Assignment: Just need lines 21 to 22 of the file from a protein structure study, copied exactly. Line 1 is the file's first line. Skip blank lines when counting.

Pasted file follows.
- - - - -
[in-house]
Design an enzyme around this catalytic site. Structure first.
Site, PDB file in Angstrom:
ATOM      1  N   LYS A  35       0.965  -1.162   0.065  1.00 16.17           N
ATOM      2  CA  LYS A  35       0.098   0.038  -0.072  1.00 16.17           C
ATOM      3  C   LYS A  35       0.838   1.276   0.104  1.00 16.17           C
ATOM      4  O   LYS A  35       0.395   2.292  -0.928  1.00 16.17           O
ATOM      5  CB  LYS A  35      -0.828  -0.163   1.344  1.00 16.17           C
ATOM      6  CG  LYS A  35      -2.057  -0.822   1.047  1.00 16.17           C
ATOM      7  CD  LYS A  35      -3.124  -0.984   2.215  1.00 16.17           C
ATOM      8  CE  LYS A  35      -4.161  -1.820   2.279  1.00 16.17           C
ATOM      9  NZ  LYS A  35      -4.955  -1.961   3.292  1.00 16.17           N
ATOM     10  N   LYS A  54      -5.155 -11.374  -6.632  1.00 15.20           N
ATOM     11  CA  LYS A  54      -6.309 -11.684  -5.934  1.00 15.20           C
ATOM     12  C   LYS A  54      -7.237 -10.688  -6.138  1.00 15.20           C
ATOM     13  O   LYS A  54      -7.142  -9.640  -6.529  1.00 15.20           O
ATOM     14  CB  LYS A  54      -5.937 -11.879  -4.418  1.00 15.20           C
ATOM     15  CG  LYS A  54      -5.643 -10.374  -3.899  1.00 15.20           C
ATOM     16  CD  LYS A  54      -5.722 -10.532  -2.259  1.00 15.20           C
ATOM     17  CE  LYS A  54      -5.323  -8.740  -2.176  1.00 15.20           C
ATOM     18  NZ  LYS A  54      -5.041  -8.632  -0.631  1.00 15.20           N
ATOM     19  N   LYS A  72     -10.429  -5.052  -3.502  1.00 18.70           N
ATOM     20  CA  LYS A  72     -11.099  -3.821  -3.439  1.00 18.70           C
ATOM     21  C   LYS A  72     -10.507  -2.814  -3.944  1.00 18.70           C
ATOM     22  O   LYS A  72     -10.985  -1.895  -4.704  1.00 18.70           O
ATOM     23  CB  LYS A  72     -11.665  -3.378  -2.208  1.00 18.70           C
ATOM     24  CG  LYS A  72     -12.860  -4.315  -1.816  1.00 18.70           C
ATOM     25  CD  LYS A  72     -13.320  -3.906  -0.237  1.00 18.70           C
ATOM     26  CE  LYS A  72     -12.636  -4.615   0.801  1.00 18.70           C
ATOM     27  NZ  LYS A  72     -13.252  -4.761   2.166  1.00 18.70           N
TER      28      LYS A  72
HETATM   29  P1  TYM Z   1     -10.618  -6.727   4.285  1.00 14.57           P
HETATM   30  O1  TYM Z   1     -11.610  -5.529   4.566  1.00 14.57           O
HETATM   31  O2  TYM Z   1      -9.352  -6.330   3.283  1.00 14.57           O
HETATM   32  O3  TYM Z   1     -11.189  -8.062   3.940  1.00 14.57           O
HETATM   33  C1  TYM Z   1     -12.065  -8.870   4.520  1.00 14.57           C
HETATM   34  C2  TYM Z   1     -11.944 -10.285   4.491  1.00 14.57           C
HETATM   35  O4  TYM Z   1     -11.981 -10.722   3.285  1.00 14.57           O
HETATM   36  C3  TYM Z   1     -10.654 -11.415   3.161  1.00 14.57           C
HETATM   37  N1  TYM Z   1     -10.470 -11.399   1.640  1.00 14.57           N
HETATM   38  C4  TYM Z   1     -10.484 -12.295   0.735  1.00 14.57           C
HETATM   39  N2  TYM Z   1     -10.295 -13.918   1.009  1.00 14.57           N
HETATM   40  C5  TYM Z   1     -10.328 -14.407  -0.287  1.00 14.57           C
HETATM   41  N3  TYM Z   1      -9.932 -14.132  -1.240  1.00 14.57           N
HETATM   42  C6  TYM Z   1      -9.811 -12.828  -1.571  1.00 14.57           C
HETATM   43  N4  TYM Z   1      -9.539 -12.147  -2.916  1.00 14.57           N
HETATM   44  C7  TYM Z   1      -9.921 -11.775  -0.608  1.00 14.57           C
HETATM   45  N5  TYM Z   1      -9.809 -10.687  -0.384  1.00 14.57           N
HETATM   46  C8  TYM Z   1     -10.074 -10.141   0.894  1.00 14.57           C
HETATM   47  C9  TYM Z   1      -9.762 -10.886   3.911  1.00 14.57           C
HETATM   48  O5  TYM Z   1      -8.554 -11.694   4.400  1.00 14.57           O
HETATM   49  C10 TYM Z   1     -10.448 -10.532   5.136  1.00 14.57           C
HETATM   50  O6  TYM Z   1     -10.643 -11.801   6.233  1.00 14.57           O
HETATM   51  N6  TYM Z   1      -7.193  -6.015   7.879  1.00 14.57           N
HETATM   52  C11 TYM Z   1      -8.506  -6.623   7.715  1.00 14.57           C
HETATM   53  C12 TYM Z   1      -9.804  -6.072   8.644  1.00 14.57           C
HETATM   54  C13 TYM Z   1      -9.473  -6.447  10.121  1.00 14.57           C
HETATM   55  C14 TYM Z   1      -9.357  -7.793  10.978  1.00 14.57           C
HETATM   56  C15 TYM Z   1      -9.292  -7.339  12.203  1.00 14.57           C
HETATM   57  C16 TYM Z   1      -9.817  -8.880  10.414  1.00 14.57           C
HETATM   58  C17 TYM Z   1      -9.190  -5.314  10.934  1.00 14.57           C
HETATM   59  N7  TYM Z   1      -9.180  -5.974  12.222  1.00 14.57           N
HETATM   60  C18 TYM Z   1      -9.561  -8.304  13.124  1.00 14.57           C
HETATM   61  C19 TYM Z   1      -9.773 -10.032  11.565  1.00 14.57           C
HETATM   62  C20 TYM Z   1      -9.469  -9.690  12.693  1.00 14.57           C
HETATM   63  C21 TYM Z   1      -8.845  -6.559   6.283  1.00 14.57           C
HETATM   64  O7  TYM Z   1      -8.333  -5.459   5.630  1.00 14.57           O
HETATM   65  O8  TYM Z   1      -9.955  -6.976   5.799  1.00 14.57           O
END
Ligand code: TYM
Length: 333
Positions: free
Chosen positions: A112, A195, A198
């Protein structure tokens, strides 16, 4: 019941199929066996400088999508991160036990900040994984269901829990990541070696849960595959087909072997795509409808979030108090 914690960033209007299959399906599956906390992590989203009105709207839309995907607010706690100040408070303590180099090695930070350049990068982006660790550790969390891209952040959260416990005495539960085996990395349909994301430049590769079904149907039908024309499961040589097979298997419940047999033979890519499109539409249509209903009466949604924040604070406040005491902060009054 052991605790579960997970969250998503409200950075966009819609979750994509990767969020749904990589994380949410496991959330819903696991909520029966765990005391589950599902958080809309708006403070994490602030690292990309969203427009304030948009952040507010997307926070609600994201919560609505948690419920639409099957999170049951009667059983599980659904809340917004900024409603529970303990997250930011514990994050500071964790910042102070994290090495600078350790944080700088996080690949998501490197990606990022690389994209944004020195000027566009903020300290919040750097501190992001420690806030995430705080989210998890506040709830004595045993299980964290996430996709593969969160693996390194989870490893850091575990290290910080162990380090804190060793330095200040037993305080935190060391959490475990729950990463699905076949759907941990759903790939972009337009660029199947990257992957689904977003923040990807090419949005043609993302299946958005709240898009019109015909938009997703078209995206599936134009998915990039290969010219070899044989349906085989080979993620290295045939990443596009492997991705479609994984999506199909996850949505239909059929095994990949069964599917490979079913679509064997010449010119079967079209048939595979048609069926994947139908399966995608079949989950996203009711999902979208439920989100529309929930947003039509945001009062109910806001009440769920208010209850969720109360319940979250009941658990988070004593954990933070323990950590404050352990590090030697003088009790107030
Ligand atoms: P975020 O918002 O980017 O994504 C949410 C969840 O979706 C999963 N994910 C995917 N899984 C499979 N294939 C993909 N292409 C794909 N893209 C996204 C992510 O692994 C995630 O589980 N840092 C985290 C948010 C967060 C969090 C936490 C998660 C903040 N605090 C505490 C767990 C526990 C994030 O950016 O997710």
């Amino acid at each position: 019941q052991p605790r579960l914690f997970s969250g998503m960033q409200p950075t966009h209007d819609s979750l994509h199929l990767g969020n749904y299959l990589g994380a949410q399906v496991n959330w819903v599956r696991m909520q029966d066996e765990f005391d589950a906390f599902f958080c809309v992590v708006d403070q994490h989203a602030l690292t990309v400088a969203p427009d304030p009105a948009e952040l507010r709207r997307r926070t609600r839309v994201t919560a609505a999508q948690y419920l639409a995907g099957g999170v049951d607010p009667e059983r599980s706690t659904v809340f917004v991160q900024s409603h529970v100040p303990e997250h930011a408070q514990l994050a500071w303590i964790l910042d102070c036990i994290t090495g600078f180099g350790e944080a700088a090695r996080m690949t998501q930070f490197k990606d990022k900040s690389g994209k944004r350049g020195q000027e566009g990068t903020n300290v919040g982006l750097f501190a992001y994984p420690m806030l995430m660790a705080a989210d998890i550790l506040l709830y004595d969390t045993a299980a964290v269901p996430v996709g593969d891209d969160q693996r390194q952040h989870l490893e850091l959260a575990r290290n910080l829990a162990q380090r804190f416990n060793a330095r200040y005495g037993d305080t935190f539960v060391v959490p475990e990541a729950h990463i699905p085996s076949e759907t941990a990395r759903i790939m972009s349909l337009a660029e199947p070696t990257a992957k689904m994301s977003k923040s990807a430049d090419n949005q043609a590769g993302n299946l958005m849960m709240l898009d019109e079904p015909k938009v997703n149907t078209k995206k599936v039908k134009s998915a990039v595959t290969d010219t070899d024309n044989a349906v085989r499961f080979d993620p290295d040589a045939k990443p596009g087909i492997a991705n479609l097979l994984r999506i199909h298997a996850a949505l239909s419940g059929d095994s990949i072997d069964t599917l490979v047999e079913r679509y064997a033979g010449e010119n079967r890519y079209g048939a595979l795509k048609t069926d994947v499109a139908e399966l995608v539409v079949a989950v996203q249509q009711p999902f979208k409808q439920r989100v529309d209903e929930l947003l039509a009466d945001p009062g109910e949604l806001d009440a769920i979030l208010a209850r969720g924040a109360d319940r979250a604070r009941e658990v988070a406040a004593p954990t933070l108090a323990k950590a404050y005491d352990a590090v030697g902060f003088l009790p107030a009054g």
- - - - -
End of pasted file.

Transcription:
ATOM     18  NZ  LYS A  54      -5.041  -8.632  -0.631  1.00 15.20           N
ATOM     19  N   LYS A  72     -10.429  -5.052  -3.502  1.00 18.70           N